The Political Economy of the Dream Act and the Legislative Process: A Case Study of Comprehensive Immigration Reform
88 Pages Posted: 17 Feb 2010
Date Written: February 16, 2010
Many developments have kept the Development, Relief, and Education for Alien Minors (DREAM) Act and the issue of undocumented college students in the news and on federal and state legislative agendas. Who would have thought that presidential candidates would be debating the issue, as they did in the Republican primaries of 2007 and 2008? Especially coming on the heels of a near-miss months earlier, when the bill almost passed in the Senate, the topic is one that has all the earmarks of an agenda-building subject, situated in the complex and treacherous context of 21st century U.S. domestic politics, especially those of comprehensive immigration reform. Inasmuch as this subset of much larger immigration, higher education, and tuition policies commands recurrent attention, DREAM Act politics is a useful bellwether for observers of these domains.
This article updates and amplifies upon several earlier studies of the DREAM Act and the general topic of undocumented college residency, and to a great extent, reveals the difficulty inherent in conducting research upon pending legislation, especially one that is so fluid and so imbedded in a larger, systemic regime. Part One includes the background for the DREAM Act, at the state and federal level, including the extensive litigation and legal developments, as well as the several state DREAM Acts and other related issues concerning college residency and tuition. Part Two reviews the federal DREAM Act, and its failure to gain traction in its 2007 U.S. Senate vote. Part Three considers the politics of immigration reform that is the backdrop for these developments, and the Conclusion assesses the prospects for enactment of the legislation, either as a standalone statute or, more likely, as one of many components in the larger comprehensive immigration reform efforts. Considering how small this undocumented college student population is in the larger scheme of things, never more than 50,000 or 60,000 by any estimates, this extensive state and national legislative history reveals a surprising degree of attention in the polity and within U.S. legislative arenas. Nonetheless, it has not been able to stand on its own legs, and the odds have grown longer against its eventual enactment as a separate legislative program.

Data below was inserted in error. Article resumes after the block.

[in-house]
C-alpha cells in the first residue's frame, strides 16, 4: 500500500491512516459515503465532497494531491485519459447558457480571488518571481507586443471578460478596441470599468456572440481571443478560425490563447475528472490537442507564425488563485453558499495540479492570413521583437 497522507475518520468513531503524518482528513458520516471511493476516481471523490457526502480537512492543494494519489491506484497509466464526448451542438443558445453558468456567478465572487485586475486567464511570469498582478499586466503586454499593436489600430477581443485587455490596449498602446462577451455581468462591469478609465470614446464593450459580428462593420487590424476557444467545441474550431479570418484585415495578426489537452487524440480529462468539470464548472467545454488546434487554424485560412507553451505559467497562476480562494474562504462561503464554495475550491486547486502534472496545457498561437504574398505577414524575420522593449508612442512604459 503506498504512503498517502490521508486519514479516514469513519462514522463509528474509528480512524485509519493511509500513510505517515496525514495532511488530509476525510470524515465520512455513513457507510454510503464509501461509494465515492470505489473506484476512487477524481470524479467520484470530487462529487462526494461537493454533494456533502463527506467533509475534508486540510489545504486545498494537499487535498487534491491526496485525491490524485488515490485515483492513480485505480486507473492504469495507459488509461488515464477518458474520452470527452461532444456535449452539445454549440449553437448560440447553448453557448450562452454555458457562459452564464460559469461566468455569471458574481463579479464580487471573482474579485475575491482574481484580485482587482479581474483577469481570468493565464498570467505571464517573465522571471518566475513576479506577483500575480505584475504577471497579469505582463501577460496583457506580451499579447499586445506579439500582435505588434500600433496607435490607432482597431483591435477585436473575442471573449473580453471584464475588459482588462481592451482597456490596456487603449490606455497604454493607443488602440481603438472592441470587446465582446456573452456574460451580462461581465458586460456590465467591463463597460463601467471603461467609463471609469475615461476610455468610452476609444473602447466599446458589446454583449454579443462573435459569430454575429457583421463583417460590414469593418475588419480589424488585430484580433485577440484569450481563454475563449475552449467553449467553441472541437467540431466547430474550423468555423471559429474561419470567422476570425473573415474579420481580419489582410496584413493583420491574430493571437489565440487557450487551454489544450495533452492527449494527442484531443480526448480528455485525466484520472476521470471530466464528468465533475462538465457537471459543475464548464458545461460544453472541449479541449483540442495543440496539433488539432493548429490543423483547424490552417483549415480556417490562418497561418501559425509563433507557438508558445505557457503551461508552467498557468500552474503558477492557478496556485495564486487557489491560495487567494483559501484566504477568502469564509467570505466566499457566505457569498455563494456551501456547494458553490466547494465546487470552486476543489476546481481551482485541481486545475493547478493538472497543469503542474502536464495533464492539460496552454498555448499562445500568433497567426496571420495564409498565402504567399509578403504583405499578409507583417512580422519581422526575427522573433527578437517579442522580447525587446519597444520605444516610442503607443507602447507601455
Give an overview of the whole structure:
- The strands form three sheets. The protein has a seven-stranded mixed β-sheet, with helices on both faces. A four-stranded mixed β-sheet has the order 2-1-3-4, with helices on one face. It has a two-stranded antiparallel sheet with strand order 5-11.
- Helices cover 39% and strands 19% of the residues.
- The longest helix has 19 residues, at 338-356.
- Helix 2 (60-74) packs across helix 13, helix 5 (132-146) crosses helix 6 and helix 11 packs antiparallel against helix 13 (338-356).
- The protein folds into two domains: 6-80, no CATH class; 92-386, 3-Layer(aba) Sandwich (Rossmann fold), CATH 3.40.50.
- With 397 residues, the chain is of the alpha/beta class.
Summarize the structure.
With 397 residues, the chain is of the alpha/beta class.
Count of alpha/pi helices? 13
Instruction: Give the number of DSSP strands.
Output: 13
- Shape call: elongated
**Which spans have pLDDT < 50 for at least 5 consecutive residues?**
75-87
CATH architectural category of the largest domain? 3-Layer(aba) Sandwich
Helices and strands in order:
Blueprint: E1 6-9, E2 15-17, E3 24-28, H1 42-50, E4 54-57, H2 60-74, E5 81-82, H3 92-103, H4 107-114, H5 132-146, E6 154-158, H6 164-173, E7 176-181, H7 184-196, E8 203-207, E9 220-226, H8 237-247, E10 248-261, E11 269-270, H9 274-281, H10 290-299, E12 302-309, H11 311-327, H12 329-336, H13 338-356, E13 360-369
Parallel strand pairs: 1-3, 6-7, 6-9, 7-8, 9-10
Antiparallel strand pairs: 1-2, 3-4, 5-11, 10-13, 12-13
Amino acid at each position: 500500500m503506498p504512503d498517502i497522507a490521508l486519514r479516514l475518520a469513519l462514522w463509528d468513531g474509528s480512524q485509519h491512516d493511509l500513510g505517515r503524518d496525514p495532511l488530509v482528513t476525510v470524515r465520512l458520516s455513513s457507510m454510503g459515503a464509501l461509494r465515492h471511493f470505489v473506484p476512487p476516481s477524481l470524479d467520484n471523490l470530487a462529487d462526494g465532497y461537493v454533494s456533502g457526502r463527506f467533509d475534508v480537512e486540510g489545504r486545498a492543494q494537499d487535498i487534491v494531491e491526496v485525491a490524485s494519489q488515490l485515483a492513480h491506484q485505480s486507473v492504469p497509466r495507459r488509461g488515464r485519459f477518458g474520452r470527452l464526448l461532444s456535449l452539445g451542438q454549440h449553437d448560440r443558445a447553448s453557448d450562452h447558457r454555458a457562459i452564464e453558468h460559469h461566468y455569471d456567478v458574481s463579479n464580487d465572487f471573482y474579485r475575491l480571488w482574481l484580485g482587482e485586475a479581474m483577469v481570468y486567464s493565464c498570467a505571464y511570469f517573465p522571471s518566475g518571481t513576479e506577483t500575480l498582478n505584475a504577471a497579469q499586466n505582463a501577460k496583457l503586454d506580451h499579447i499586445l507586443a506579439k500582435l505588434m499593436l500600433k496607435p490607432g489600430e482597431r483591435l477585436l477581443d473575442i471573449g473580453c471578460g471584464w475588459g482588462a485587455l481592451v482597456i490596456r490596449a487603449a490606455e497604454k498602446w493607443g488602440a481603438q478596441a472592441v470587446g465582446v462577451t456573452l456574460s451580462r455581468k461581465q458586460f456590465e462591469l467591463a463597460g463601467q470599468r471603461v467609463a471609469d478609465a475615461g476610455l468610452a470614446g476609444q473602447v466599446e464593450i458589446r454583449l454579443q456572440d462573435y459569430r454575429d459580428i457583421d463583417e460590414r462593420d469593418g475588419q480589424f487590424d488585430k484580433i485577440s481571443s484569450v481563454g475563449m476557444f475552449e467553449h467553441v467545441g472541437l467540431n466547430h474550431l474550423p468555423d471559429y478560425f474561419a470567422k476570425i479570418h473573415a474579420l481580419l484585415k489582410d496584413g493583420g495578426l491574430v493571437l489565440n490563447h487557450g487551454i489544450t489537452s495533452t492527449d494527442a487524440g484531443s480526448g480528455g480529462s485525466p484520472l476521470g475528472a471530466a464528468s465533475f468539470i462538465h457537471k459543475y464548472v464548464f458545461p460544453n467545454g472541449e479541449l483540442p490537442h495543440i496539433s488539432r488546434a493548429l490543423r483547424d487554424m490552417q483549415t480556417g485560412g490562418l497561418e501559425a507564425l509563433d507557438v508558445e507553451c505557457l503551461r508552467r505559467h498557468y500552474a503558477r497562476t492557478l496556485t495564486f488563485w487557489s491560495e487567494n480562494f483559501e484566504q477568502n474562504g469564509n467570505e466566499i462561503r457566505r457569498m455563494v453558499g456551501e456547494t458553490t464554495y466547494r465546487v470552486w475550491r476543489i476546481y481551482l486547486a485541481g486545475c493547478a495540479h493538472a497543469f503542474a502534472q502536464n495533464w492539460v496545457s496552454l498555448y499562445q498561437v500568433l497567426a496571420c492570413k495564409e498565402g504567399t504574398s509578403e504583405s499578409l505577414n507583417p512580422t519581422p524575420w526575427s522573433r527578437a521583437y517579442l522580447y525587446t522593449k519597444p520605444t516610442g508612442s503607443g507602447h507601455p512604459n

Keywords: Immigration, Legislation, Congress, Higher Education, Residency
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